Performs short-circuiting inclusive logical disjunction on two expressions.
A logical operation is said to be short-circuiting if the compiled code can bypass the evaluation of one expression depending on the result of another expression. If the result of the first expression evaluated determines the final result of the operation, there is no need to evaluate the second expression, because it cannot change the final result. Short-circuiting can improve performance if the bypassed expression is complex, or if it involves procedure calls.
If either or both expressions evaluate to True, result is True. The following table illustrates how result is determined.
If expression1 is
And expression2 is
The value of result is
The OrElse operator is defined only for the Boolean Data Type (Visual Basic). Visual Basic converts each operand as necessary to Boolean and performs the operation entirely in Boolean. If you assign the result to a numeric type, Visual Basic converts it from Boolean to that type. This could produce unexpected behavior. For example, 5 OrElse 12 results in –1 when converted to Integer.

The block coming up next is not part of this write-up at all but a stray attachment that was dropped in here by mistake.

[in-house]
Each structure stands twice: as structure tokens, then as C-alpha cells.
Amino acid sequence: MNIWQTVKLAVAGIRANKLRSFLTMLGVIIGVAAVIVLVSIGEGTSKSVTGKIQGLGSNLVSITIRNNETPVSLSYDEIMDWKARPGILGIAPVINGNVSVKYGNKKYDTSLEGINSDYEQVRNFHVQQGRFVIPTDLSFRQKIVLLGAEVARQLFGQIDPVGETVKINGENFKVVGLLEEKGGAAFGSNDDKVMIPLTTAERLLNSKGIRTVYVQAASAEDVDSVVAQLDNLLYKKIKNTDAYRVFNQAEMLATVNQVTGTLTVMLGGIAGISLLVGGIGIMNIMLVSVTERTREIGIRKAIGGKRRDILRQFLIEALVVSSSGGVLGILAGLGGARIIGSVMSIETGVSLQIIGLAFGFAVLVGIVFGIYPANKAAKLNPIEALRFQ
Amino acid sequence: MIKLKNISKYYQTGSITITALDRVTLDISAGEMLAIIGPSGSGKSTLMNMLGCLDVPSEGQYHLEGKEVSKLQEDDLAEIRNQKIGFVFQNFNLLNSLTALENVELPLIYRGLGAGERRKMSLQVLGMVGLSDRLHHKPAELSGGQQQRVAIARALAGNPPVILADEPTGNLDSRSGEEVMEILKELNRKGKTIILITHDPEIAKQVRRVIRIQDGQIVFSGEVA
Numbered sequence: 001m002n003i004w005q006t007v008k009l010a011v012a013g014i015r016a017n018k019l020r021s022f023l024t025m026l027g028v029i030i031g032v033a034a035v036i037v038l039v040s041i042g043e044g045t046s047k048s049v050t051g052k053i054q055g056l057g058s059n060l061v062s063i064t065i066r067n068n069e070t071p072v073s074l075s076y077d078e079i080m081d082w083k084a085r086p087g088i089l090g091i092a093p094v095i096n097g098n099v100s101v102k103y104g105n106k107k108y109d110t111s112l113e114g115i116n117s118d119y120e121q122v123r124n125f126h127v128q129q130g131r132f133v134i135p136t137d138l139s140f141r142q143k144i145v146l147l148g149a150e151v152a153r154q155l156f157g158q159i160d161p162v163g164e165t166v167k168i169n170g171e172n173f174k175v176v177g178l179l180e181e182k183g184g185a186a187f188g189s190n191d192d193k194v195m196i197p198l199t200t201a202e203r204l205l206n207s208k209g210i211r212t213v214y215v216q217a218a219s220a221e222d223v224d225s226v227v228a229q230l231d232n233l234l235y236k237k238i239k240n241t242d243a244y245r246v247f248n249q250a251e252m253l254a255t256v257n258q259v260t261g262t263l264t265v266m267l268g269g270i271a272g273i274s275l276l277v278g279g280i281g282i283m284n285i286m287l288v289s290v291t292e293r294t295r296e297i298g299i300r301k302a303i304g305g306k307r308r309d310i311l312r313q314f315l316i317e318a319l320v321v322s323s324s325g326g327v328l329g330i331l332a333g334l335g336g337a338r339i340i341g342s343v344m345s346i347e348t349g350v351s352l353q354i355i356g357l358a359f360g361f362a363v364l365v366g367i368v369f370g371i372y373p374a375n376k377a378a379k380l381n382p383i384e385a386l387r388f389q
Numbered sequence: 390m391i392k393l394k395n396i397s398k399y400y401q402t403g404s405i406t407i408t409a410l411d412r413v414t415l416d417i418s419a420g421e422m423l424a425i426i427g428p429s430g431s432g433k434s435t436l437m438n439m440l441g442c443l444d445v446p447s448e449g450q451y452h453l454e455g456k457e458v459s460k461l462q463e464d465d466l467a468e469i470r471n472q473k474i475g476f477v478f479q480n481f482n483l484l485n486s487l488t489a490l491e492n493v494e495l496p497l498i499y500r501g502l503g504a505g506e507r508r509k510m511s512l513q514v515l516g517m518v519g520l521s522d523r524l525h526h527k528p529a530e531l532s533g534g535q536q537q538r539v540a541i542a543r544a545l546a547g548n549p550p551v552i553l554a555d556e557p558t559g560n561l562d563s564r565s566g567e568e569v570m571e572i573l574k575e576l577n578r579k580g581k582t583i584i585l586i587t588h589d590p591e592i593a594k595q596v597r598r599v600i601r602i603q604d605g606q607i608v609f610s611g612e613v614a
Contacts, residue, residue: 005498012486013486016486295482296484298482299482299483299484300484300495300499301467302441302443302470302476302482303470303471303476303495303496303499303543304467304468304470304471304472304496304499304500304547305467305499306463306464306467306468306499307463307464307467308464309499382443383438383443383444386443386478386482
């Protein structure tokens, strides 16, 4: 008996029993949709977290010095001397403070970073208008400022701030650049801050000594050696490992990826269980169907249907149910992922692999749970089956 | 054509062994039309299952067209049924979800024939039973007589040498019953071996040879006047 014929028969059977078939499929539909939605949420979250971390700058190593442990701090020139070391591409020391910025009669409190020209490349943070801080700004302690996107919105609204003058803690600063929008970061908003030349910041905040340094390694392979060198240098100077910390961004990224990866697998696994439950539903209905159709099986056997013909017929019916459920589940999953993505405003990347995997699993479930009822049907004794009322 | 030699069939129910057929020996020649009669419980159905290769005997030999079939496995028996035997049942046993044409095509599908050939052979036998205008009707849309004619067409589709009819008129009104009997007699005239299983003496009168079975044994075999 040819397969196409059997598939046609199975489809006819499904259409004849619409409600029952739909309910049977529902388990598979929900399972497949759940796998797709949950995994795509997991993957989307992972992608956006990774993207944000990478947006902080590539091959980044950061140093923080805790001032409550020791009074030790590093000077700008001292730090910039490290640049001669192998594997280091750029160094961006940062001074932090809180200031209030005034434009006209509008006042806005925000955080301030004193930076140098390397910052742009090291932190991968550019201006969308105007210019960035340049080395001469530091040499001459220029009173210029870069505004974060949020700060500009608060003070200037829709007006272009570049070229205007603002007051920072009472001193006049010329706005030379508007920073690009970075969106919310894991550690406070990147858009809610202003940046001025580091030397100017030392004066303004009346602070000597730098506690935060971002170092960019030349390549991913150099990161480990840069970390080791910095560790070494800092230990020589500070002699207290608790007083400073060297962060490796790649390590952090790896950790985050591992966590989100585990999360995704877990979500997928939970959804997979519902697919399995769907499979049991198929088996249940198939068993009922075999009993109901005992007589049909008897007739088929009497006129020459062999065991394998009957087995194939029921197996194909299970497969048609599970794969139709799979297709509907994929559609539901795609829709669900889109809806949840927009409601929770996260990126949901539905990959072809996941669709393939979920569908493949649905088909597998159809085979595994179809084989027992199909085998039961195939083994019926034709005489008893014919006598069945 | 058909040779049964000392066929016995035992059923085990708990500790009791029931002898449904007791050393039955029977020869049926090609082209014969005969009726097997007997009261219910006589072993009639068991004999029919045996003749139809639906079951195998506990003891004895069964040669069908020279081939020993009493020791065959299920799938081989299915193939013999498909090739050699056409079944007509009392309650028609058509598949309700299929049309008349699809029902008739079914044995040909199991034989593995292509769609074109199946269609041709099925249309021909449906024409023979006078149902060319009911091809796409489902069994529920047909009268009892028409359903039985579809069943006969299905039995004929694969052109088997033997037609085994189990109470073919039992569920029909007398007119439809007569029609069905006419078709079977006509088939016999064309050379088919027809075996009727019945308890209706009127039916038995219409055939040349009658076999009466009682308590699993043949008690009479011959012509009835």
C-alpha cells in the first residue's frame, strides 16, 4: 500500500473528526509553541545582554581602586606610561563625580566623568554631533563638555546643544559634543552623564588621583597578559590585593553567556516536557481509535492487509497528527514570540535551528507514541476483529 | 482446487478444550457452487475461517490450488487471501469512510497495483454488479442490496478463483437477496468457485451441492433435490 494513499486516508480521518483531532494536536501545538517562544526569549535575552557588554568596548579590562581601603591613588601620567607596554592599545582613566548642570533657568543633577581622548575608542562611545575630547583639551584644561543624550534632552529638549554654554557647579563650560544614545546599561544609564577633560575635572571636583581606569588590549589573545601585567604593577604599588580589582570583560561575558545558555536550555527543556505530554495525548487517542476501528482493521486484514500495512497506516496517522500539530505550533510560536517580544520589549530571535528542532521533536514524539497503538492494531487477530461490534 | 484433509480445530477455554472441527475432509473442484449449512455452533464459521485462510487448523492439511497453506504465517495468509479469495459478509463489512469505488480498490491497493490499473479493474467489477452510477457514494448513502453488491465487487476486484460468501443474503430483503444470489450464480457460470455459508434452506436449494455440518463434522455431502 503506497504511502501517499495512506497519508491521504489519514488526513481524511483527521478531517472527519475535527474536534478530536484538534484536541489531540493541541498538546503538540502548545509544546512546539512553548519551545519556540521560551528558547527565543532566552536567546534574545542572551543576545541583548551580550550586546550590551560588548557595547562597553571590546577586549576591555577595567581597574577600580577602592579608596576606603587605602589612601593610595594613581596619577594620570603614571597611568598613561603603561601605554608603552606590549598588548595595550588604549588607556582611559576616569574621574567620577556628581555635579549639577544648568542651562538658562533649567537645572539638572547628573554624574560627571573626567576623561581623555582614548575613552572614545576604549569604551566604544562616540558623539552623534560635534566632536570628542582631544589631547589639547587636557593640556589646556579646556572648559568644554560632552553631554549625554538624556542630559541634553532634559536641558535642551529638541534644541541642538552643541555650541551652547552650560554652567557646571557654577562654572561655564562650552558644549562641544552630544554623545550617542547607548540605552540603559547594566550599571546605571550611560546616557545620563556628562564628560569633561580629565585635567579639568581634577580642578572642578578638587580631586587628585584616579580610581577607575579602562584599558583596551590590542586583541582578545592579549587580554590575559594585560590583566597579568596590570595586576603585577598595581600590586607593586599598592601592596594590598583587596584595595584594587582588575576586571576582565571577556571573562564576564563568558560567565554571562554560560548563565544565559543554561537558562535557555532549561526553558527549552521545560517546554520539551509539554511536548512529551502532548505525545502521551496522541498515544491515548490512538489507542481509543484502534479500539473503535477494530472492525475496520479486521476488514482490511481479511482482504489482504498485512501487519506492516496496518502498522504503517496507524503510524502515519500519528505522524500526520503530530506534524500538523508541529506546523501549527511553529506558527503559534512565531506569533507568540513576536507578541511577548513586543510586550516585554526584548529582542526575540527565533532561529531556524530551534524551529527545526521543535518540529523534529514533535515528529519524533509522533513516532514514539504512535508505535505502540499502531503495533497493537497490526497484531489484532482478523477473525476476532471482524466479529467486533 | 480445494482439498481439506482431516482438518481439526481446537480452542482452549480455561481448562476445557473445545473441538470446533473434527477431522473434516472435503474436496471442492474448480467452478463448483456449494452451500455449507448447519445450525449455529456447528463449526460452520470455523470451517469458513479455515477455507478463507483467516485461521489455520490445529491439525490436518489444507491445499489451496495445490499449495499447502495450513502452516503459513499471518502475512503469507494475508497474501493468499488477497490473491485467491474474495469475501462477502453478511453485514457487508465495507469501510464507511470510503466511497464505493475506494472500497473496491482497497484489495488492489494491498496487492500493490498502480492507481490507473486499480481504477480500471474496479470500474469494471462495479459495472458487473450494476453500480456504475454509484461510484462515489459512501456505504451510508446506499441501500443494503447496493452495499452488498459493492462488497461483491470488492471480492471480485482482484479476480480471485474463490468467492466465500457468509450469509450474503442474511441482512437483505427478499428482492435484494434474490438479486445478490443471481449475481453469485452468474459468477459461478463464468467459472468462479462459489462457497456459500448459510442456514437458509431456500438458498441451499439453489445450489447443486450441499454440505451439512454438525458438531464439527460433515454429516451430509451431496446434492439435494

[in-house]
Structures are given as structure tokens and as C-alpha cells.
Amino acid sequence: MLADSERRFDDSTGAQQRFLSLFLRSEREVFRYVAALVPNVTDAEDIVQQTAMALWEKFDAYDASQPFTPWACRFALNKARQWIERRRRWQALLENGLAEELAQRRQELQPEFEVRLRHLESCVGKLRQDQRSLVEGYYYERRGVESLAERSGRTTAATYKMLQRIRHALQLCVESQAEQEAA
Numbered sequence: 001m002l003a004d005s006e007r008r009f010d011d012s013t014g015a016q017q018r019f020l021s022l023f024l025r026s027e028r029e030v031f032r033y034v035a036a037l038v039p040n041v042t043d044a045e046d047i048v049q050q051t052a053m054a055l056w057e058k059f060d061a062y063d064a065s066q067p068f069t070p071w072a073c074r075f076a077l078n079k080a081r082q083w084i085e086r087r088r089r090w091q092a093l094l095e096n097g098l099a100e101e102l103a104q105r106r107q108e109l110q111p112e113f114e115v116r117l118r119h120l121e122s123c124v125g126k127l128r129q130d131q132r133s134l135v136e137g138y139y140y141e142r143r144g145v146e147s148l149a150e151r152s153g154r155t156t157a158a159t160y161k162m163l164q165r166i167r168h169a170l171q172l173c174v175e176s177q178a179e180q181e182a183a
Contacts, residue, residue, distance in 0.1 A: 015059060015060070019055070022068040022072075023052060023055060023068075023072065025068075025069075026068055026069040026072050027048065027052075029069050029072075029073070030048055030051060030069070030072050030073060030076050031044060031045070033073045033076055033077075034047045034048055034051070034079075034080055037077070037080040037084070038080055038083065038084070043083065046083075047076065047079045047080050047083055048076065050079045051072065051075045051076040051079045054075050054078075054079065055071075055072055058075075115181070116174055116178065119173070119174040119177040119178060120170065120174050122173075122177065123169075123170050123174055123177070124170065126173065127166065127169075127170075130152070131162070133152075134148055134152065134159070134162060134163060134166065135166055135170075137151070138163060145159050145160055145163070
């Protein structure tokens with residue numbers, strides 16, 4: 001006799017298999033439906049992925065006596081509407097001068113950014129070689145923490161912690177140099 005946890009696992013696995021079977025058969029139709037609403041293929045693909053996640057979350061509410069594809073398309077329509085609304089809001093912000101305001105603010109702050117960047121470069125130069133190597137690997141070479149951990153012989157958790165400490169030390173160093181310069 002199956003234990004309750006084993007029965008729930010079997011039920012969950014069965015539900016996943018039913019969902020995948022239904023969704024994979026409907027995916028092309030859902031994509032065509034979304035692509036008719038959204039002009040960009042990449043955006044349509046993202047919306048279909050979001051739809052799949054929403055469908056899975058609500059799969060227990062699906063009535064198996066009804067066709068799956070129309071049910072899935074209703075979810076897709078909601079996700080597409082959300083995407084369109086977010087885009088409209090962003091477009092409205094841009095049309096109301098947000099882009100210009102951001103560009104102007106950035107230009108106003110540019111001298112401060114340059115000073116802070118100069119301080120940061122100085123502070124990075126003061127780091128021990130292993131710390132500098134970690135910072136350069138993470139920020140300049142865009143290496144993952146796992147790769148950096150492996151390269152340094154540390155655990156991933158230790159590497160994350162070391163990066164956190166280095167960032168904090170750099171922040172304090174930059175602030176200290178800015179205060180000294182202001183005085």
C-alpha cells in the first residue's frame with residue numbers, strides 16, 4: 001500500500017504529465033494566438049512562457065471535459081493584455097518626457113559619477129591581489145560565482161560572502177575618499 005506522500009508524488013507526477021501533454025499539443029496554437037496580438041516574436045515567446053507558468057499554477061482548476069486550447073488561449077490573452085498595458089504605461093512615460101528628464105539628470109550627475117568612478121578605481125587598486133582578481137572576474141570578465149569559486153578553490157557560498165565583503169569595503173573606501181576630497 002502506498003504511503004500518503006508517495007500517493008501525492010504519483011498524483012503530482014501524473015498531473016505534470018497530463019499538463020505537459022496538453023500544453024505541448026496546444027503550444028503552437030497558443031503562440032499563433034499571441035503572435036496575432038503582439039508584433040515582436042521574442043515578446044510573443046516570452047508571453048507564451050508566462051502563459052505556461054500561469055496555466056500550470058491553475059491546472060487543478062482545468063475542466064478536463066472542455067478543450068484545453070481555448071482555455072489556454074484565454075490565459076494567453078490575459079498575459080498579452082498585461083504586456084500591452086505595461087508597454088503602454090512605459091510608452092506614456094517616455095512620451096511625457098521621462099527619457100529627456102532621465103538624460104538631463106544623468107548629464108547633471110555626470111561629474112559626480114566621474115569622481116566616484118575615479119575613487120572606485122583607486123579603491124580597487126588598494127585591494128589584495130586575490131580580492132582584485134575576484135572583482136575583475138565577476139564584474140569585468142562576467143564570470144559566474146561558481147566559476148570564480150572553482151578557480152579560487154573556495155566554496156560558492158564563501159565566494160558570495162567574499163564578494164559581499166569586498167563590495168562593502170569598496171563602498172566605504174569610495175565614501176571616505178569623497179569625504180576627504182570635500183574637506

The Or Operator (Visual Basic) and the IsTrue Operator can be overloaded, which means that a class or structure can redefine their behavior when an operand has the type of that class or structure. Overloading the Or and IsTrue operators affects the behavior of the OrElse operator. If your code uses OrElse on a class or structure that overloads Or and IsTrue, be sure you understand their redefined behavior. For more information, see Operator Procedures.
The following example uses the OrElse operator to perform logical disjunction on two expressions. The result is a Boolean value that represents whether either of the two expressions is true. If the first expression is True, the second is not evaluated.
The preceding example produces results of True, True, and False respectively. In the calculation of firstCheck, the second expression is not evaluated because the first is already True. However, the second expression is evaluated in the calculation of secondCheck.
The following example shows an If...Then statement containing two procedure calls. If the first call returns True, the second procedure is not called. This could produce unexpected results if the second procedure performs important tasks that should always be performed when this section of the code runs.